Gluten is a family of storage proteins found in wheat, rye, triticale, and barley. In predisposed individuals, ingestion of gluten causes disease reactions that are grouped under the term gluten-related disorders (GRD). Only a decade ago, GRD were rare in the United States, but the rate of gluten-related disorders has greatly increased since then. It is now estimated that GRD affect close to 10% of the population (Sapone et al., 2012).
There are five kinds of gluten-related disorders recognized by the medical community. Each disorder presents with unique pathophysiology and etiology. Celiac disease, dermatitis herpetiformis, and gluten ataxia are autoimmune conditions; wheat allergy is an allergic disease (Taraghikhah et al., 2020), and non-celiac gluten sensitivity is a non-autoimmune-allergic disease (Sharma et al, 2020).
Celiac Disease and Gluten
Celiac disease (CD) is a chronic, auto-immune condition that affects genetically predisposed individuals. It is thought that genetically predisposed individuals develop an immune response to unknown environmental factors which is then triggered by the ingestion of gluten (Lebwohl et al., 2018). CD can cause atrophy of the small intestinal villi, which leads to malabsorption, diarrhea, and failure to thrive. But manifestations of CD can also be minimal, like negligible mucosal lesions, or it can have an asymptomatic presentation, which often causes delayed diagnosis. Celiac disease can also present with extraintestinal manifestations ranging from neurologic disorders, psychiatric disorders, infertility, recurrent miscarriages, osteoporosis and osteopenia, arthritis, aphthous stomatitis (a disease my mother suffers from), dental enamel hypoplasia, and elevations in transaminases (Barker & Liu, 2008).
Dermatitis Herpetiformis and Gluten
Dermatitis Herpetiformis (DH), also known as Duhring-Brocq disease, is an auto-immune condition that affects the skin and causes chronic blistering and lesions. The lesions and blisters generally cover the areas of the scalp, knees, elbows, ankles, and buttocks, producing intense burning and itching. The skin of people affected by DH presents with the same protein IgA1 with J chain and secretory component found in the small intestinal mucosa in adult celiac disease, suggesting a strong correlation between the two conditions (Cohen et al., 1997). For this reason, DH is also called the “celiac disease of the skin”, and the European Society for Pediatric Gastroenterology, Hepatology and Nutrition now states that a dermatitis herpetiformis diagnosis confirms the celiac disease diagnosis without the need for intestinal biopsy. People affected by DH can suffer from various degrees of gastrointestinal issues that vary from milk lesions of the mucosal lining of the small intestine to villous atrophy (Mendez et al., 2013).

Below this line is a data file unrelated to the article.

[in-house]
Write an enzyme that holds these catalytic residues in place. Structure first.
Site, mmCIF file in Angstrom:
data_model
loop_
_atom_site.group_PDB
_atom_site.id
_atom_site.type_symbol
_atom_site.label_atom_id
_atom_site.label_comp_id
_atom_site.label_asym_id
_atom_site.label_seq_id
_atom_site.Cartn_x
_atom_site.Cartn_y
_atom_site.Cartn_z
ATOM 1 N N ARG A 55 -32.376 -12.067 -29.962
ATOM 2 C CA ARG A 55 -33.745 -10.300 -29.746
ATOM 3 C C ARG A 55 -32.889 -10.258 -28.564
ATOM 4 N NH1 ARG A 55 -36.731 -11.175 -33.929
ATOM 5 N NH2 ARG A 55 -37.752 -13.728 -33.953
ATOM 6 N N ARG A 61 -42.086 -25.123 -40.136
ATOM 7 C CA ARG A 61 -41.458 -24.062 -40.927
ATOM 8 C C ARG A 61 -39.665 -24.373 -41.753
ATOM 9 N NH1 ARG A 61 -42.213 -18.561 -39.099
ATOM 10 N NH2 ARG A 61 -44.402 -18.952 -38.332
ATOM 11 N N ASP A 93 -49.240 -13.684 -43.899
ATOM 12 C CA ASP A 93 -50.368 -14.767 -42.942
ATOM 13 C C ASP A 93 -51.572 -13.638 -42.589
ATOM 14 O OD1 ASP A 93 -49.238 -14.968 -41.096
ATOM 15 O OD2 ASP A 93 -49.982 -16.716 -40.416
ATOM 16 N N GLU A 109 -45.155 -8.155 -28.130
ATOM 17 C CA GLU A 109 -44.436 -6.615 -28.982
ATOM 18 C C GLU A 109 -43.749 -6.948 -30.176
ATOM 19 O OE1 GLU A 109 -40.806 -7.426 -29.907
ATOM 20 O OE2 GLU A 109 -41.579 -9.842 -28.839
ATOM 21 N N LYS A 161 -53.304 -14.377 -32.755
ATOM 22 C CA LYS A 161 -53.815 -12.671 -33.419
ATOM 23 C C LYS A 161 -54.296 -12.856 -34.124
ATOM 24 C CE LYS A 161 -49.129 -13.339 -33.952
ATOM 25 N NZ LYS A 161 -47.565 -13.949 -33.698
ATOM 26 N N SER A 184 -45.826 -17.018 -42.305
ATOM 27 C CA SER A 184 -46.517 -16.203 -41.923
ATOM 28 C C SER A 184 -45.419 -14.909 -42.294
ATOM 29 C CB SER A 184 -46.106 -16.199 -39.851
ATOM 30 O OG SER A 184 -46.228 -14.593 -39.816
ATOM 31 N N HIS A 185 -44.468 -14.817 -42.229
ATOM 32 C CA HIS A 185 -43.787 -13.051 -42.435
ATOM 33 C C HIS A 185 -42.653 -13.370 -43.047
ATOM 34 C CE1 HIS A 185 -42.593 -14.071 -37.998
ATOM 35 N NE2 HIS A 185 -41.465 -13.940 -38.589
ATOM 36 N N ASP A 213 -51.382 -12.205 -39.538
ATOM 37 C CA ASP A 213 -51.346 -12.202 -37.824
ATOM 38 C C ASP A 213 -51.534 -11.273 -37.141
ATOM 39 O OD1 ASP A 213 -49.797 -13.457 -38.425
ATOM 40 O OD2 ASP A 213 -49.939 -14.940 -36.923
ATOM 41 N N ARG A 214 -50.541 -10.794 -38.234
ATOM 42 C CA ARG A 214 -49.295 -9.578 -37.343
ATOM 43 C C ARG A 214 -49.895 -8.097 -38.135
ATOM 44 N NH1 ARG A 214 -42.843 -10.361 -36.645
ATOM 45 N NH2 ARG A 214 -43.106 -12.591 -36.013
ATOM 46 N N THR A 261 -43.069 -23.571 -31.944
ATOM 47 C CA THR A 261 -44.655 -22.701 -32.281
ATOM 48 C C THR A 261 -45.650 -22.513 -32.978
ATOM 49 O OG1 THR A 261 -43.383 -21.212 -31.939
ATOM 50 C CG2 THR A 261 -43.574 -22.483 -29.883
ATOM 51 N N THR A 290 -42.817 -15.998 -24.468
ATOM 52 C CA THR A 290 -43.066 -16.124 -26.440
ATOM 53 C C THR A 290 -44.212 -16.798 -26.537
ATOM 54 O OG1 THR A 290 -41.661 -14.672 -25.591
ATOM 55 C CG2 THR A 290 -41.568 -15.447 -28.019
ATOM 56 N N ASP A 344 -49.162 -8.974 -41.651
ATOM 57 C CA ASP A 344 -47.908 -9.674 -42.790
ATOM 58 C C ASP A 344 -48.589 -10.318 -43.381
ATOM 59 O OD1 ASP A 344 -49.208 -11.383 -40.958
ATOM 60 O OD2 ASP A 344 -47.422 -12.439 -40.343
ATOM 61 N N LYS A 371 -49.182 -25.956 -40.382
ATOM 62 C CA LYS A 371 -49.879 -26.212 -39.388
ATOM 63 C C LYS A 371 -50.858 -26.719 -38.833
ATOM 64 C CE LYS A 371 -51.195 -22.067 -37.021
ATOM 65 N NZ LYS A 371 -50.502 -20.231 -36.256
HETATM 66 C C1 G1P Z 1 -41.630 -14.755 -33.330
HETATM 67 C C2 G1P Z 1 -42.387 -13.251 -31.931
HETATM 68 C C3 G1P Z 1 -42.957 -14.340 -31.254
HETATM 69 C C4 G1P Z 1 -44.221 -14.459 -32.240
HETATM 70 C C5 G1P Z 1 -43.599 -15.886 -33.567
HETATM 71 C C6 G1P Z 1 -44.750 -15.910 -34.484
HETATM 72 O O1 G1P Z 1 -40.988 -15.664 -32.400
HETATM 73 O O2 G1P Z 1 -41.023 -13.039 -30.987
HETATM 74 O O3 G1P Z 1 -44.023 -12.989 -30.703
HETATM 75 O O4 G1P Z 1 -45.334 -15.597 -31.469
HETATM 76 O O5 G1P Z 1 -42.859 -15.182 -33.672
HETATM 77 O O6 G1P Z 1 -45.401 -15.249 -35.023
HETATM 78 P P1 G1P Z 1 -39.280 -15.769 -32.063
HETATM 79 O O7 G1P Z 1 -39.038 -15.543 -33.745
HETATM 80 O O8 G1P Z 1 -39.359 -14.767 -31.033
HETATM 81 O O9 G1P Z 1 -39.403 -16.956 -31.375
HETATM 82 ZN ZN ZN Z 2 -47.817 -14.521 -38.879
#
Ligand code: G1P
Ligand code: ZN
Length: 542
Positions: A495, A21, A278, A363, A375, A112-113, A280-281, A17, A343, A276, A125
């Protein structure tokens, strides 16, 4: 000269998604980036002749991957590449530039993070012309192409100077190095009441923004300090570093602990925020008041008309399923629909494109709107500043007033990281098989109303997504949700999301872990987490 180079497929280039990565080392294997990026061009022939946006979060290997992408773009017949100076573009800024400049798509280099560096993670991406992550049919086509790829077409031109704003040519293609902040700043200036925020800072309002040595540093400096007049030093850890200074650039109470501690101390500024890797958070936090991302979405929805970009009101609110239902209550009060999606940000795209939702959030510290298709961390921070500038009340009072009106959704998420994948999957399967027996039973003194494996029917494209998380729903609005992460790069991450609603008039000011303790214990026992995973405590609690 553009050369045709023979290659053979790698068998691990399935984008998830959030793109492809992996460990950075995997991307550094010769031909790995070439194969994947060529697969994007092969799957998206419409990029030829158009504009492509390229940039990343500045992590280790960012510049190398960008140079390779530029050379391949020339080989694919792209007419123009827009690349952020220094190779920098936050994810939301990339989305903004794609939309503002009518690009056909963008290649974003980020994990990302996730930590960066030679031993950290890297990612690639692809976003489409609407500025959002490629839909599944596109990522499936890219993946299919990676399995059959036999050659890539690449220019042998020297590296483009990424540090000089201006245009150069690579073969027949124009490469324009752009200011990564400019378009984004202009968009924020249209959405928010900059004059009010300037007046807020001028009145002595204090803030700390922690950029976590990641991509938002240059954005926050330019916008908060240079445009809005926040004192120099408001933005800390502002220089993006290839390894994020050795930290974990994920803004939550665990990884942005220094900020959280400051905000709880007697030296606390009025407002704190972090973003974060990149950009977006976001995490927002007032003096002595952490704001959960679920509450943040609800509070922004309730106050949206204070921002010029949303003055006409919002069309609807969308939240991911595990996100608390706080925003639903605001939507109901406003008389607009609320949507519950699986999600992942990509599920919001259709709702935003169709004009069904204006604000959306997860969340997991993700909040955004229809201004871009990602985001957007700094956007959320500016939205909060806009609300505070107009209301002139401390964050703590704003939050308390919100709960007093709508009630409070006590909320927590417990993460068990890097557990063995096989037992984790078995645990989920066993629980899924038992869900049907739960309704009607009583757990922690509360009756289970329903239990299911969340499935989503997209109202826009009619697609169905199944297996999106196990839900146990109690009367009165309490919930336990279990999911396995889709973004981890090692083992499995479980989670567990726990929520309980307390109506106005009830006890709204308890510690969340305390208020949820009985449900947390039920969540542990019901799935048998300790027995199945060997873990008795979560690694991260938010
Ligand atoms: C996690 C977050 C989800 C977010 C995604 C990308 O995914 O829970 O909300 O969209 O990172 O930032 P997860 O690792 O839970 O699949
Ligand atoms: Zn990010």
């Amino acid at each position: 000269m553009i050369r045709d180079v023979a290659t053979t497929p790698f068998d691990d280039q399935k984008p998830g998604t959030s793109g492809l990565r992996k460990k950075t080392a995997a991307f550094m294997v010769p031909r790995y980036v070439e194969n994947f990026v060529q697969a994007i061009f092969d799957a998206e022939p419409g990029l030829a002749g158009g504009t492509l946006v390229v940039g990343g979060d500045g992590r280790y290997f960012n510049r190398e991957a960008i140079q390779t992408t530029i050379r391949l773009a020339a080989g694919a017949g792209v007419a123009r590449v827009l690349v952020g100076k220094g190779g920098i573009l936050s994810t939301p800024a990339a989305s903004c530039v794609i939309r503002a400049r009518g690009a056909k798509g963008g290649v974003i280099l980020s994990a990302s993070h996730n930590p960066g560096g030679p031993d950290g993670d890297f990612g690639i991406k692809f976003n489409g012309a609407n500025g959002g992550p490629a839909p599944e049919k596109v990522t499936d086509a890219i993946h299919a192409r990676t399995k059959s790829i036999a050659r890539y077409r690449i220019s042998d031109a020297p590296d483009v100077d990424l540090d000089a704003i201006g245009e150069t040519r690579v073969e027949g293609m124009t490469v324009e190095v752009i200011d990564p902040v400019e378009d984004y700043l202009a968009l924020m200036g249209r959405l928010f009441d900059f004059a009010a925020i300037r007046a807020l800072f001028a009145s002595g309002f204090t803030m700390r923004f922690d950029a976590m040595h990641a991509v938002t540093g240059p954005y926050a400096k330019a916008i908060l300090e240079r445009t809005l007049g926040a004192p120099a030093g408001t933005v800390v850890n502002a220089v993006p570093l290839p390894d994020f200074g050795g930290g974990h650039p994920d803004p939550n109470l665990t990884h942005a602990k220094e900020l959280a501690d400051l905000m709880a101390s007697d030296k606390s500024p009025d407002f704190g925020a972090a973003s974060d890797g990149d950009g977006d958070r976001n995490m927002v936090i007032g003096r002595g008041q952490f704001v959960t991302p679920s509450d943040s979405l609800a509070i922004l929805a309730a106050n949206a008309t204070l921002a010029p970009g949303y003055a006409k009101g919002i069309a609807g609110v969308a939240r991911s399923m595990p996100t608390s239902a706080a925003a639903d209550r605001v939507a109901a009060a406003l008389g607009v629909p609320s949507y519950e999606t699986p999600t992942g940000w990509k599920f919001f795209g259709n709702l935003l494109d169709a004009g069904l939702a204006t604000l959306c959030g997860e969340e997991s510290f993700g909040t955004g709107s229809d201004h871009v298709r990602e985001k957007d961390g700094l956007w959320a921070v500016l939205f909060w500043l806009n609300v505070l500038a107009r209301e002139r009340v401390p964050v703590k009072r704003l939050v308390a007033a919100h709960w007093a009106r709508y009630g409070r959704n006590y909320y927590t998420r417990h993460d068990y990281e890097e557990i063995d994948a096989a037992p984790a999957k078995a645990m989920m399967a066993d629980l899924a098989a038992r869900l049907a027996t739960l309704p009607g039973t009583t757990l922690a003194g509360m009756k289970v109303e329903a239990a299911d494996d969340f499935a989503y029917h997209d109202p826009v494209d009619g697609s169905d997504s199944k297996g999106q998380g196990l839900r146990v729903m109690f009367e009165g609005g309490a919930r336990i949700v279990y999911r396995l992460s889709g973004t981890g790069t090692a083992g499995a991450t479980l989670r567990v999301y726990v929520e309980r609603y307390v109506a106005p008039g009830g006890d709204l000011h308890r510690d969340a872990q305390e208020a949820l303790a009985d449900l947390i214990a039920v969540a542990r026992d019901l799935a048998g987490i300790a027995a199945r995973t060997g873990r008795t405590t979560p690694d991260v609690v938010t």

Gluten Ataxia as an Autoimmune
Gluten ataxia (GA) is an autoimmune disease triggered by the ingestion of gluten that affects primarily the cerebellum, the part of the brain responsible for coordination and movement. The cerebellum is also responsible for balance, eye movement, and the kind of motor learning abilities involved in learning movements that require practice and fine-tuning, for example, riding a bike or playing an instrument (Leopold, 2018). In GA, the immune system creates antibodies that attack and destroy the Purkinje cells, causing problems with vision and fine motor skills, gait abnormalities, and balance issues. It can also cause peripheral neuropathy, also known as gluten neuropathy (Hadjivassiliou et al., 2004). The damage to the Purkinje cells is irreversible, and studies involving brain MRIs show that up to 60% of subjects affected by GA suffer from permanent shrinkage of the cerebellum (Sapone et al., 2012).
Wheat Allergies and Gluten
Wheat allergy (WA) is an allergic reaction to gluten in which the immune system produces immunoglobulin E antibodies in response to wheat proteins. It can present with gastrointestinal symptoms similar to celiac disease, but unlike CD, WA has a fast onset. When inhaled (baker’s asthma), WA can cause asthma and rhinitis. When someone affected by WA touches wheat, skin reactions occur. When ingested, wheat causes gastrointestinal pain, diarrhea, malabsorption, and, if untreated, it can lead to failure to thrive. WA can also cause anaphylactic shock, but it does not cause villi atrophy (Elli et al., 2015).
Non-celiac gluten sensitivity (NCGS) is a non-autoimmune-allergic disease that presents with gastrointestinal and/or extraintestinal symptoms similar to the ones seen in CD (altered bowel habits, skin rashes, bone pain, headaches, fatigue, and depression). Laboratory testing shows no serum antibodies, and intestinal biopsies do not show villous atrophy. This lack of biomarkers makes NCGS difficult to diagnose, and it also can lead to misdiagnosis. NCGS can be misdiagnosed as IBS, and oftentimes only a strict elimination diet allows for a conclusive diagnosis (Biesiekierski et al., 2011). Molina-Infante et al. (2014) estimate that the prevalence of NCGS is 6 to 10 times higher than CD and WA and that it is more prevalent in family members of CD sufferers.
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